Two separate university affiliated groups made significant scientific discoveries in the realm of physics this past week.
The Milagro Collaboration and the Advanced Thin Ionization Calorimeter have discovered an excess in cosmic rays in two regions of space closer to Earth than ever has been seen before. Cosmic rays are small quantities of matter that bombard the Earth from anywhere beyond its atmosphere.
The question of where cosmic rays come from has been a mystery to scientists around the world since they were discovered more than 100 years ago.
While some questions undoubtedly linger, physics professor Jordan Goodman said the discoveries announced last week will offer many answers. Goodman said that like most developments in astronomy, there will be little immediate impact. However, the data is one of the first steps to uncovering information about the origin of cosmic rays.
"The progress will be made when the other researchers using different instruments, that we do not have access to, look in this general direction," Goodman said.
Goodman is the principal investigator for Milagro, which is comprised of scientists from 16 institutions from across the United States, including Michigan State University, New York University and University of California at Irvine. The project has taken place in Los Alamos, N.M., since 2000.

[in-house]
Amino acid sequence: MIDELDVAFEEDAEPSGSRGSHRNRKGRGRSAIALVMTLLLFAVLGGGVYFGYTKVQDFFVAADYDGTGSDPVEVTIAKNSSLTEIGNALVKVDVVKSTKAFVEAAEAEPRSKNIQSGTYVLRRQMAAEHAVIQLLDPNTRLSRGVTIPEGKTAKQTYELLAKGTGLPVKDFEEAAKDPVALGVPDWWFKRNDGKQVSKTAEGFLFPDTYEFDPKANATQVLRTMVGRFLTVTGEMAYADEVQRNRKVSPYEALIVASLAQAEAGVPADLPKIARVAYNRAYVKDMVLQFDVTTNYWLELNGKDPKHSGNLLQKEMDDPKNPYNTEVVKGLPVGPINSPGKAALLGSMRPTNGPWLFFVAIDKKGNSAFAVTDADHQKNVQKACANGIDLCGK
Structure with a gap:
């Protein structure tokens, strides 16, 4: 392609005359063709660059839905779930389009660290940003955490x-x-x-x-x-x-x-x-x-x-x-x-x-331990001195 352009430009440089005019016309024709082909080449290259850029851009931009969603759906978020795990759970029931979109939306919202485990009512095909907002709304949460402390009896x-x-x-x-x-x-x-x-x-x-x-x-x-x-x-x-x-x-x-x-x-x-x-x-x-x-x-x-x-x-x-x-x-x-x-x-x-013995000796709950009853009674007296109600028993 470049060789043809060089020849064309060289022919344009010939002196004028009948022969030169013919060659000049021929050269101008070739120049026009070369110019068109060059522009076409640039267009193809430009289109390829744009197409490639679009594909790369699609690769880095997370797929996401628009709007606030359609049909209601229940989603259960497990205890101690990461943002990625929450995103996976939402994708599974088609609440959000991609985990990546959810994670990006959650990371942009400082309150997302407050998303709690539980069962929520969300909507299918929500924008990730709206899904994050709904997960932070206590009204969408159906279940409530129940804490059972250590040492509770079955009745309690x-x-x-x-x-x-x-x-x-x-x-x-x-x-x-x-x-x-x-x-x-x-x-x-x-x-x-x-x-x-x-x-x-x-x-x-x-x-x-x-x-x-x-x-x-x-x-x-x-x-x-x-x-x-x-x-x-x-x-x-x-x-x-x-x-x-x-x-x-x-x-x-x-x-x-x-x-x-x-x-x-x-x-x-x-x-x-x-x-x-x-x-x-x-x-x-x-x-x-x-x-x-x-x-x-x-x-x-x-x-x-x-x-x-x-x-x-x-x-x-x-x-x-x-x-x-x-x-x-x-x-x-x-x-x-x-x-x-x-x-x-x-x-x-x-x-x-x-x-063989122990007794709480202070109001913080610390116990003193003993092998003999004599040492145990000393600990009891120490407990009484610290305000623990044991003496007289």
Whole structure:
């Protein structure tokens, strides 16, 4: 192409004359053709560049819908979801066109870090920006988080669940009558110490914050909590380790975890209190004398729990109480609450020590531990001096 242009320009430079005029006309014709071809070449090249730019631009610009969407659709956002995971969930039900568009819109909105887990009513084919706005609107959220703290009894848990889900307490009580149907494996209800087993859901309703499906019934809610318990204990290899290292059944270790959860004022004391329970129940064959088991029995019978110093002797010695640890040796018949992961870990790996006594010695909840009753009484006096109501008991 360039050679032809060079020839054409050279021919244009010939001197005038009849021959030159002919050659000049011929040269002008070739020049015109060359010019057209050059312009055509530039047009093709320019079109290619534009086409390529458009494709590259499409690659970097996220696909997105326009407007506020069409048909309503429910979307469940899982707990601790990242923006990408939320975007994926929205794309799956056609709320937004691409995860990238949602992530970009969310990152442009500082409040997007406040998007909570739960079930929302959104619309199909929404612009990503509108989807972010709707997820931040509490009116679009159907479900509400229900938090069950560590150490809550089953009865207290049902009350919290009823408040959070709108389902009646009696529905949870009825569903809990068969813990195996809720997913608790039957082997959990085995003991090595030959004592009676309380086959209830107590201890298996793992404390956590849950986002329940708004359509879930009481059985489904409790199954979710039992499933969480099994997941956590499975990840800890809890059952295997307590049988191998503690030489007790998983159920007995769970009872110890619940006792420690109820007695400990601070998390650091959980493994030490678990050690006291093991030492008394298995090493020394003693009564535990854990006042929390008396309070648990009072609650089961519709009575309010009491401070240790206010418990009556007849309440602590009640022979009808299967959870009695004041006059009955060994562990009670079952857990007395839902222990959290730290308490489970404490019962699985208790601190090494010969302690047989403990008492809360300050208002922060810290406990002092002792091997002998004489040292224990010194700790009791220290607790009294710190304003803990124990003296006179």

Goodman has been going to Los Alamos frequently, bringing faculty and students. He has had undergraduate and graduate students participate in the construction of the project and now actual research.
"This is the kind of research that we in physics get our students actively involved in," Goodman said.
The university first headed the project with help from the National Science Foundation. The name Milagro comes from the movie, The Milagro Beanfield War, that was filmed in 1988 near the site. Milagro also means "miracle" in Spanish.
The project is located in a 60m x 80m x 8m covered pond in the Jemez Mountains near Los Alamos. It was constructed at an altitude of 2,630 meters. The pond is surrounded by an array of 175 instrumented water tanks that span over an area of 40,000 square meters.
Using highly advanced Cherenkov telescopes and satellite experiments, Milagro searches for gamma rays, the most energetic form of light, produced in the hottest regions of the Earth.
The Milagro Collaboration and the ATIC, conceived by university physicist Eun-Suk Seo, reported their findings late last month.
While looking for gamma rays, Goodman said the group stumbled across rare data when they were looking back.
"It is not atypical that interesting discoveries are often made when you are not looking for it," said Goodman, the former physics department chair.
In the Nov. 20 issue of Nature, the ATIC reported an unexpected surplus of cosmic ray electrons in relative proximity. ATIC is an international research project that attempts to solve fundamental questions about the shape of the elemental differential energy spectra.
Normal astronomical telescopes view the universe in visible light, while Milagro views the universe at very high energies. That "light" is about 1 trillion times more energetic than visible light.
"We look at the sky, and we can separate the gamma rays from protons," Goodman said. "Then, we can associate those gamma rays with specific objects in the sky, such as pulsars."
Goodman said that the collaboration has proposed plans to build a follow-up experiment, which will be called the High Altitude Water Cherenkov experiment, at a higher altitude. They have found a location around the Sierra Negra volcano in Mexico to create another telescope.